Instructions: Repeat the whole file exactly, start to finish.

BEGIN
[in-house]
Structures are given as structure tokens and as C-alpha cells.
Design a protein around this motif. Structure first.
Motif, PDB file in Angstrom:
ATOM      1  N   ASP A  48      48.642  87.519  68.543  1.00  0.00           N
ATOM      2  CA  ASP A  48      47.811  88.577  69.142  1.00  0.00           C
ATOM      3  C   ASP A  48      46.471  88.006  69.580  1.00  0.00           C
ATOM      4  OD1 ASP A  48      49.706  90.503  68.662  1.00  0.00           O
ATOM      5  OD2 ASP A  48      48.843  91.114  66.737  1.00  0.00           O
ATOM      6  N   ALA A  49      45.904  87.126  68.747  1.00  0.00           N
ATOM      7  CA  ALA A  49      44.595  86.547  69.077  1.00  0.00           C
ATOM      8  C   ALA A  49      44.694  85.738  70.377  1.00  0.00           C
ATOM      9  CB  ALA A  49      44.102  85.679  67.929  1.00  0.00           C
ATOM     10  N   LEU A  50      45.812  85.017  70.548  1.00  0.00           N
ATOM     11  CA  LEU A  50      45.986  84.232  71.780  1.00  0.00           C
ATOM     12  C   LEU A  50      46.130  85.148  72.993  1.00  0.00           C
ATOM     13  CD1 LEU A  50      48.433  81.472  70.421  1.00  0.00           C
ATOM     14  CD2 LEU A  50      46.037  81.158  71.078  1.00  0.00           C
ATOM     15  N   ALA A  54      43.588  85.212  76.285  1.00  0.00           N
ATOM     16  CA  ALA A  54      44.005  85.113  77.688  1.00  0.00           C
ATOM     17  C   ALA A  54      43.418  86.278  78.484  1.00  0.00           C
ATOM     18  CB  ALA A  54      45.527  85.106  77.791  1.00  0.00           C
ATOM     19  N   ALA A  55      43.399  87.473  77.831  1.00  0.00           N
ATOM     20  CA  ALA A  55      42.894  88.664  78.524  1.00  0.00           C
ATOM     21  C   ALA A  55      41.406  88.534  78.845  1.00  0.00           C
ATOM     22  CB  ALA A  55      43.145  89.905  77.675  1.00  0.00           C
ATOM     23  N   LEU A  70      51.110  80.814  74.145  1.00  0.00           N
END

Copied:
[in-house]
Structures are given as structure tokens and as C-alpha cells.
Design a protein around this motif. Structure first.
Motif, PDB file in Angstrom:
ATOM      1  N   ASP A  48      48.642  87.519  68.543  1.00  0.00           N
ATOM      2  CA  ASP A  48      47.811  88.577  69.142  1.00  0.00           C
ATOM      3  C   ASP A  48      46.471  88.006  69.580  1.00  0.00           C
ATOM      4  OD1 ASP A  48      49.706  90.503  68.662  1.00  0.00           O
ATOM      5  OD2 ASP A  48      48.843  91.114  66.737  1.00  0.00           O
ATOM      6  N   ALA A  49      45.904  87.126  68.747  1.00  0.00           N
ATOM      7  CA  ALA A  49      44.595  86.547  69.077  1.00  0.00           C
ATOM      8  C   ALA A  49      44.694  85.738  70.377  1.00  0.00           C
ATOM      9  CB  ALA A  49      44.102  85.679  67.929  1.00  0.00           C
ATOM     10  N   LEU A  50      45.812  85.017  70.548  1.00  0.00           N
ATOM     11  CA  LEU A  50      45.986  84.232  71.780  1.00  0.00           C
ATOM     12  C   LEU A  50      46.130  85.148  72.993  1.00  0.00           C
ATOM     13  CD1 LEU A  50      48.433  81.472  70.421  1.00  0.00           C
ATOM     14  CD2 LEU A  50      46.037  81.158  71.078  1.00  0.00           C
ATOM     15  N   ALA A  54      43.588  85.212  76.285  1.00  0.00           N
ATOM     16  CA  ALA A  54      44.005  85.113  77.688  1.00  0.00           C
ATOM     17  C   ALA A  54      43.418  86.278  78.484  1.00  0.00           C
ATOM     18  CB  ALA A  54      45.527  85.106  77.791  1.00  0.00           C
ATOM     19  N   ALA A  55      43.399  87.473  77.831  1.00  0.00           N
ATOM     20  CA  ALA A  55      42.894  88.664  78.524  1.00  0.00           C
ATOM     21  C   ALA A  55      41.406  88.534  78.845  1.00  0.00           C
ATOM     22  CB  ALA A  55      43.145  89.905  77.675  1.00  0.00           C
ATOM     23  N   LEU A  70      51.110  80.814  74.145  1.00  0.00           N